The Old Testament is a book filled with rich imagery and many of the seeds of the faith we proclaim as Christians. Our whole study up to this point has been an examination of many of foundation pieces God laid in our story: promises which impacted the immediate and long-term future not only of Israel, but of all humanity. But if the story had ended with the last book of the Old Testament… much of this was not yet fulfilled. While God hadn’t flooded the world again (as promised to Noah), the universal blessing promised to Abraham or the perpetual reign of a descendant of King David were still very much up in the air. In the case of the promise to David, the generations which follow his son, Solomon, were rank with corruption; they saw the kingdom being split in two, invasion, and eventually exile.
But with Jesus comes the fulfillment of these promises and so many more. St. Paul writes that: For in him every one of God’s promises is a “yes” (2 Corinthians 1:20).
In each covenant we’ve studied, there has been a sign which God left to help us understand something about our relationship with God. To Adam & Eve, God gave the Sabbath; to Noah, a Rainbow; to Abraham, Circumcision; to Moses, the Commandments; and to David, the throne and a temple to be built by David’s son, Solomon. Each of these promises have also seen the people of God grow from a couple to a family to a tribe, nation, and Kingdom. Jesus establishes with us a new Covenant, and the sign of this covenant is what the Catechism calls the “Source and Summit” of our Christian faith: the Eucharist. In short: this is a covenant which involves a complete gift of self by God asking for the same in return from us.
To understand this covenant – and the Eucharist – we need to look to the Cross, and consider Jesus’ last words before He gave up His Spirit. In John 19:30, Jesus says: “It is finished.” What is finished? The easy answer is the work of redemption (saving us from our sins – but St. Paul suggests in Romans 4:25 that there’s still more to come (when Jesus would be “raised for our justification.“)
The answer to this question can be found in a few places. If we look first at the Old Testament background to the Last Supper, we see how it takes place during the celebration of the Passover. This is the feast in which the Israelites remembered how a lamb’s sacrifice both saved their ancestor’s firstborn sons from death, and also led them to freedom from slavery in Egypt. This whole sequence of events culminated with God making a covenant with Moses. The Gospel of John hits on many of the themes of the Jewish Passover – Jesus standing before Pilate at the hour the lambs were being slaughtered (John 18:33-37); that none of Jesus’ bones were broken (John 19:33, 36); that Jesus was offered vinegar on a hyssop stick – the same type of branch used to spread the blood of the lamb at the Passover (John 19:29, Exodus 12:22); and the fact that Jesus’ seamless tunic is referred to in the same manner as the tunic worn by the high priest when sacrificing (John 19:23-24, Exodus 28:4).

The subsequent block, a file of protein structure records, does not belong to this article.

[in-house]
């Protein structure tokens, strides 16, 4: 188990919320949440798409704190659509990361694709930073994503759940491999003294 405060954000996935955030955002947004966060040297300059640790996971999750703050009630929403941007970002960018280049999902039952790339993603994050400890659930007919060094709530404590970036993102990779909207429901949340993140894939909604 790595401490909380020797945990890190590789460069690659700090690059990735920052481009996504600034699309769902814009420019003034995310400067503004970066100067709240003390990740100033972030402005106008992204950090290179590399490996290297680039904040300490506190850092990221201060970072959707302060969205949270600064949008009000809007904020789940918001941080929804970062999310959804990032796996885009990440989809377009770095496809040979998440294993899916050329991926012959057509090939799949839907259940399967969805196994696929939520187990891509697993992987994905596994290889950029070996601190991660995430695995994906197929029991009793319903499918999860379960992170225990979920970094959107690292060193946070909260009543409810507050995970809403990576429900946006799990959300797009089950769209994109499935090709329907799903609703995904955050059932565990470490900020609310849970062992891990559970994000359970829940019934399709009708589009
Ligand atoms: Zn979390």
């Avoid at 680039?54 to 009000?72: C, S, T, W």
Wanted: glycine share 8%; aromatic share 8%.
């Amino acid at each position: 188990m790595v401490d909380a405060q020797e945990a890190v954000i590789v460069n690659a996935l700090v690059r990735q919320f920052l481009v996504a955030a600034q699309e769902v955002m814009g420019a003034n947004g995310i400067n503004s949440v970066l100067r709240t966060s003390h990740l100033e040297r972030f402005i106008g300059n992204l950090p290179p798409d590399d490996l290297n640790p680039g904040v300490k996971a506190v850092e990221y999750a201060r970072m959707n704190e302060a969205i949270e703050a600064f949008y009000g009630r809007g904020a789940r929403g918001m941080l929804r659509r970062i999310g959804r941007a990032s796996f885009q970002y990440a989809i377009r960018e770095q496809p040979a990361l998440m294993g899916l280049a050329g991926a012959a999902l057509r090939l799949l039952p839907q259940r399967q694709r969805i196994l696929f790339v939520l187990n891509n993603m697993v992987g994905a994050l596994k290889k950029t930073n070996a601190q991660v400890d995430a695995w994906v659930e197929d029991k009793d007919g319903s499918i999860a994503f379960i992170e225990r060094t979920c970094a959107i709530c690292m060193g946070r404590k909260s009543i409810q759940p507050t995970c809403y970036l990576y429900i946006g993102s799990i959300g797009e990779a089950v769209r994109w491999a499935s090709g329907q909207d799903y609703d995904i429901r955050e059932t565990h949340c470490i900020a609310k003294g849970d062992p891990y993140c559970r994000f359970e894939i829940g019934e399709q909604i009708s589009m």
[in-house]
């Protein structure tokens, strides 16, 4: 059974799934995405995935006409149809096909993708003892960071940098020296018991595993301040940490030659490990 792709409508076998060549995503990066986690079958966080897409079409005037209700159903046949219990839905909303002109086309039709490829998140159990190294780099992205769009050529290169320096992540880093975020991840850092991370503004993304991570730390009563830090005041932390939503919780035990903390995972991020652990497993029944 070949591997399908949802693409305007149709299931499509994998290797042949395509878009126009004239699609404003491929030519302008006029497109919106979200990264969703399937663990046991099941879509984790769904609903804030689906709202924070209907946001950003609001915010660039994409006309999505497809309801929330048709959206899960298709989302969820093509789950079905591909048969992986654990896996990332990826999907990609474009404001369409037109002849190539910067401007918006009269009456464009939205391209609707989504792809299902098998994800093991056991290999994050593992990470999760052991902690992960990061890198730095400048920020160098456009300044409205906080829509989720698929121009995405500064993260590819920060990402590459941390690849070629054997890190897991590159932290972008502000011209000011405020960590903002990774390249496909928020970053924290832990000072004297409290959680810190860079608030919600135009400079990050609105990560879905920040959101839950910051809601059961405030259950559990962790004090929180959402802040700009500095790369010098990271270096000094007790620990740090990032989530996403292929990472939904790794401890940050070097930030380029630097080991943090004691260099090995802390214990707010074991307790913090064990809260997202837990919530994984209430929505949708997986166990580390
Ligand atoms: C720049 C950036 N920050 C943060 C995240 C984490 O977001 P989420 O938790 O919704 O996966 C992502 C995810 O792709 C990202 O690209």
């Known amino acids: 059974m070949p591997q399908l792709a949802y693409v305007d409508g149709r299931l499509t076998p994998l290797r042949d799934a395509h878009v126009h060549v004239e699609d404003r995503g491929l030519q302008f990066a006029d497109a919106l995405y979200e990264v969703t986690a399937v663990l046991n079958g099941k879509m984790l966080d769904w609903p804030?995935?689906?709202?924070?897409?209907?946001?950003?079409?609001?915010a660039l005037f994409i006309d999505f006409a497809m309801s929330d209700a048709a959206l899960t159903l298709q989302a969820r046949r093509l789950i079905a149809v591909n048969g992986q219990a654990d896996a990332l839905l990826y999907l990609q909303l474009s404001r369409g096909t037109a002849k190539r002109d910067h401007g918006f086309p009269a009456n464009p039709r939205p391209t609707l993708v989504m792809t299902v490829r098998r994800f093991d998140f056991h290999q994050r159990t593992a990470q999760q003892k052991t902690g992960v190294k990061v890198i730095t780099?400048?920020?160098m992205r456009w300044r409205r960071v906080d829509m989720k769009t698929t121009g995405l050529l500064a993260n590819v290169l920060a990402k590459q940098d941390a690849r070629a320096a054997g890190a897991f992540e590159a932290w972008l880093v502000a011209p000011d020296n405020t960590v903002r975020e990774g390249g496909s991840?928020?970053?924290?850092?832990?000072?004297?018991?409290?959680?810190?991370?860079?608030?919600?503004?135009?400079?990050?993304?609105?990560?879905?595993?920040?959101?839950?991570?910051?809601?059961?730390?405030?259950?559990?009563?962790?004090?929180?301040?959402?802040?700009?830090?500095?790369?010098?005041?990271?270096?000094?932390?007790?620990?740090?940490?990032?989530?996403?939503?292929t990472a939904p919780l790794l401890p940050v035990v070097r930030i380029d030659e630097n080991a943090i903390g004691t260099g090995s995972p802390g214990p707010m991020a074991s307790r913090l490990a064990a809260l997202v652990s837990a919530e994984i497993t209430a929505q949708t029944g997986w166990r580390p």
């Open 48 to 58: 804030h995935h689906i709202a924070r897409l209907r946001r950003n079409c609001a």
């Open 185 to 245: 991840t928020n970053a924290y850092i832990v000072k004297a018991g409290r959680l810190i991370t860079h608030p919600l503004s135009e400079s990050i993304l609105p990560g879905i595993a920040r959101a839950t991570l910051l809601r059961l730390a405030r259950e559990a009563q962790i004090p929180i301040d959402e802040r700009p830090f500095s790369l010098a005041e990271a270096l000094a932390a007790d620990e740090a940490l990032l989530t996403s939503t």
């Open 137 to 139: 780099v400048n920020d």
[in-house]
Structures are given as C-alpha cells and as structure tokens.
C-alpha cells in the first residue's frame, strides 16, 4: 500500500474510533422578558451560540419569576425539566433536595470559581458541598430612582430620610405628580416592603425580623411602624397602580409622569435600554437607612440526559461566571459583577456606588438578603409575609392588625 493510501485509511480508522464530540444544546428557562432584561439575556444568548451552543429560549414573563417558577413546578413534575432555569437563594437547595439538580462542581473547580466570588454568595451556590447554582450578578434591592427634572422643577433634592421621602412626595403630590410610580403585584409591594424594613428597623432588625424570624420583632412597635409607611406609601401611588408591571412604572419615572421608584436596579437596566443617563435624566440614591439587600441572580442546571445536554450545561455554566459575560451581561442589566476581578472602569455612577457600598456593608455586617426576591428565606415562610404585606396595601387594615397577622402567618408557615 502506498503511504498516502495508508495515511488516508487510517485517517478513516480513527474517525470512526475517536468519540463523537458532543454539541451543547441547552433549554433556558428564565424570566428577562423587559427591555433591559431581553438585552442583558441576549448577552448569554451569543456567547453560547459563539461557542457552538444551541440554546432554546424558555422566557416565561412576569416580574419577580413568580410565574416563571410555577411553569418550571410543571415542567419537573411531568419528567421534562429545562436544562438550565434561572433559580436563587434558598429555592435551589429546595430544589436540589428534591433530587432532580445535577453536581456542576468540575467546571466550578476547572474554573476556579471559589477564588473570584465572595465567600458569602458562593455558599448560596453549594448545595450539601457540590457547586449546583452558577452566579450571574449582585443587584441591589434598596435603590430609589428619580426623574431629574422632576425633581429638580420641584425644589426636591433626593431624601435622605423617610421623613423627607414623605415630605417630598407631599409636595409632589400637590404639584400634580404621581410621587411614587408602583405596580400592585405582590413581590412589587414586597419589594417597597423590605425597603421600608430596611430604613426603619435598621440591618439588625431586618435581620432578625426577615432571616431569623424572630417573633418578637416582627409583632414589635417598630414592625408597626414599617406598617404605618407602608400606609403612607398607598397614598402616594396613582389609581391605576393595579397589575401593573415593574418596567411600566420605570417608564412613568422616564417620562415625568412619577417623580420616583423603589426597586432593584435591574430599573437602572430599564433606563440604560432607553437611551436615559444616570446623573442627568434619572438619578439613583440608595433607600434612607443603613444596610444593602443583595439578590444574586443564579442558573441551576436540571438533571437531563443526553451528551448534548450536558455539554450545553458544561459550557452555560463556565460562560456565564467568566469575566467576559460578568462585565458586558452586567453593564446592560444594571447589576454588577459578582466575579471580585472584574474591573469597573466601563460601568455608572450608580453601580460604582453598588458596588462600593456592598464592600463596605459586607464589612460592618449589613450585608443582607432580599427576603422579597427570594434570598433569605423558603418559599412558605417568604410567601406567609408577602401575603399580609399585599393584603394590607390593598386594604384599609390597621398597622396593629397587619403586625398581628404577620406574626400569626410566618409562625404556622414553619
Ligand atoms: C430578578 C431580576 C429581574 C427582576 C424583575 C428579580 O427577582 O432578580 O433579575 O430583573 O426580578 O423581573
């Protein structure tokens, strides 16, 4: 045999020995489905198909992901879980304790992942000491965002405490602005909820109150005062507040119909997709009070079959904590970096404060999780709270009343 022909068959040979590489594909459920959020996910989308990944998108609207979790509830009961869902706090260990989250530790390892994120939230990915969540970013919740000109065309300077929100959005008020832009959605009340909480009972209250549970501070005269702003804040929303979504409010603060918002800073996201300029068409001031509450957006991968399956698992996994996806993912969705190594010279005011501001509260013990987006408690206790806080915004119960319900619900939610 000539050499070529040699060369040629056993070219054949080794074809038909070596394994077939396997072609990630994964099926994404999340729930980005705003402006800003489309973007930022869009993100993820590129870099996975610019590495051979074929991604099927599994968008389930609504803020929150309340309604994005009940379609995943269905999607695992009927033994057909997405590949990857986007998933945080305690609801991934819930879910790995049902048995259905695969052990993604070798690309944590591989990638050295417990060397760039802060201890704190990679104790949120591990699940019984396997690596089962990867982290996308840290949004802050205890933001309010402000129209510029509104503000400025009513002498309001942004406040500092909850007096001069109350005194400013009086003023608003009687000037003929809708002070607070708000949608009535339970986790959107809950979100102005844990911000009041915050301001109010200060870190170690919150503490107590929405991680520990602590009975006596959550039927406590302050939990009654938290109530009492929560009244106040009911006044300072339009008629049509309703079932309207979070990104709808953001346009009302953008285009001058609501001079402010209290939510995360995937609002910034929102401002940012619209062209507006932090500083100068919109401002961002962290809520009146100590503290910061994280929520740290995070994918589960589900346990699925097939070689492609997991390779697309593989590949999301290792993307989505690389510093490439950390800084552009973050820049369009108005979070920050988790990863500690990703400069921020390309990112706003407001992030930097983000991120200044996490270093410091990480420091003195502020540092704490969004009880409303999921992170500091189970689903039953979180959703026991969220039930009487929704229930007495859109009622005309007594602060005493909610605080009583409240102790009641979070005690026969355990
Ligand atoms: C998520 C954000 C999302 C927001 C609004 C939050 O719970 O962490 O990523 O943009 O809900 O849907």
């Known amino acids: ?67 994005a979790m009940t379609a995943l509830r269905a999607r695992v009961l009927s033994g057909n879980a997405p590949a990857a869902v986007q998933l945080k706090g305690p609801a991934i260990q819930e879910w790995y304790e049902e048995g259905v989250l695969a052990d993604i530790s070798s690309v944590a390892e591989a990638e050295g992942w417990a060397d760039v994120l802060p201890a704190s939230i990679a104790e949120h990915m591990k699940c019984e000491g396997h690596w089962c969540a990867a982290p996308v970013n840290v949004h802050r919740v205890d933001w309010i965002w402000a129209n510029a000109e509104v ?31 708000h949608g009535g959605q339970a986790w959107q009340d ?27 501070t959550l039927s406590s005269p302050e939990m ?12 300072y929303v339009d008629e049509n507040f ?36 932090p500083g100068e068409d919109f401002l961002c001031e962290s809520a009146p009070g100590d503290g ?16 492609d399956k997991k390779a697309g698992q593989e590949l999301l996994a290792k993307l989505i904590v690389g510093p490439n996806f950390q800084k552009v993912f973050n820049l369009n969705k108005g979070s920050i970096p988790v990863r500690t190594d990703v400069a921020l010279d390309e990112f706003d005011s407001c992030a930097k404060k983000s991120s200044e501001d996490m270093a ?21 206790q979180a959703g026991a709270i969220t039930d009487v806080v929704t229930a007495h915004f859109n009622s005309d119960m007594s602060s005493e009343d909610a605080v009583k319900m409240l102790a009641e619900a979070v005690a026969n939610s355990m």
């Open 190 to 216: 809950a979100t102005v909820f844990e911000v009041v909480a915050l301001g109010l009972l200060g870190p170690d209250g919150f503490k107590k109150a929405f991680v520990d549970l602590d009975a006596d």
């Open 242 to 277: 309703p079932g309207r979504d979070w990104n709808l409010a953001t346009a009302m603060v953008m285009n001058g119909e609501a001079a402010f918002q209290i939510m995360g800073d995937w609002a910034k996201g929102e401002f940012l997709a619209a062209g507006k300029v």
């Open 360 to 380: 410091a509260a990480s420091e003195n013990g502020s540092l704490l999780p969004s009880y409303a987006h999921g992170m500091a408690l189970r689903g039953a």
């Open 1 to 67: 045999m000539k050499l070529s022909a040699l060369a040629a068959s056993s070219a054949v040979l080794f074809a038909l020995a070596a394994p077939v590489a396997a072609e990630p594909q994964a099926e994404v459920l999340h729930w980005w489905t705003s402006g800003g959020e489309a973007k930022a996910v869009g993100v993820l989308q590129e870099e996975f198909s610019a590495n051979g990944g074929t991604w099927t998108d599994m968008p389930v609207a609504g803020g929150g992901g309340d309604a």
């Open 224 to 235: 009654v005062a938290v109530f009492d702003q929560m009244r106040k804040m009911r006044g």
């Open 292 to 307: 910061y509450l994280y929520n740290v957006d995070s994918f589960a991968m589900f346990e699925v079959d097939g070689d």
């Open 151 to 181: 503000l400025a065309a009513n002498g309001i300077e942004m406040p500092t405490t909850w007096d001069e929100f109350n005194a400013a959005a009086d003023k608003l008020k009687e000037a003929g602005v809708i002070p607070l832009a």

If we look at the narrative of the Lord’s supper itself, we see more clarity on “what” is finished. The “cup” plays a big part in the Hebrew celebration of the Passover: four cups are passed around. At the moment when the third cup is shared during the last supper, Jesus takes the cup and says: “Drink from it, all of you; for this is my blood of the covenant, which is poured out for many for the forgiveness of sins” (Matthew 26:27-28). This is the only moment that the New Testament records Jesus using the word “covenant.” Dr. Scott Hahn sees this as an incredibly rich moment:
What an awesome moment: the firstborn Son and Lamb of God fulfilled the Old Covenant Passover in Himself, as a holy sacrifice for our sins.
A reading of John’s Gospel shows that the evangelist is building to this understanding: showing how Jesus’ passion, death, and resurrection also mark the hour of His greatest glory. Here, defeat is triumph; humiliation is exaltation; His death brings life to the word. When Jesus declares that “IT is finished,” He is saying that He has both fulfilled the Passover of the Old Covenant, and transformed it into the New Covenant Passover – and we, as Christians, are invited not only to partake in the cup of blessing – the Eucharist (1 Corinthians 10:16)- but also to be consumed in our life and death by the love of Christ. In the Cross, we see Christ’s total self-emptying; in the Eucharist, we are offered all of Jesus: body, blood soul, and divinity. We are invited to respond to this love which knows no limit by making an offering of our whole selves back to Him. It is for this reason that the Christian life begins by ‘taking up our Cross’ (Matthew 16:24).
If we respond, we do so with the assurance of more promises from Jesus Himself. This study has tried to demonstrate how faithfully God keeps all of His promises – and how all of God’s promises can be trusted.
“In my Father’s house there are many dwelling places. If it were not so, would I have told you that I go to prepare a place for you? And if I go and prepare a place for you, I will come again and will take you to myself, so that where I am, there you may be also” (John 14:2-3).
“I will not leave you orphaned; I am coming to you” (John 14:18).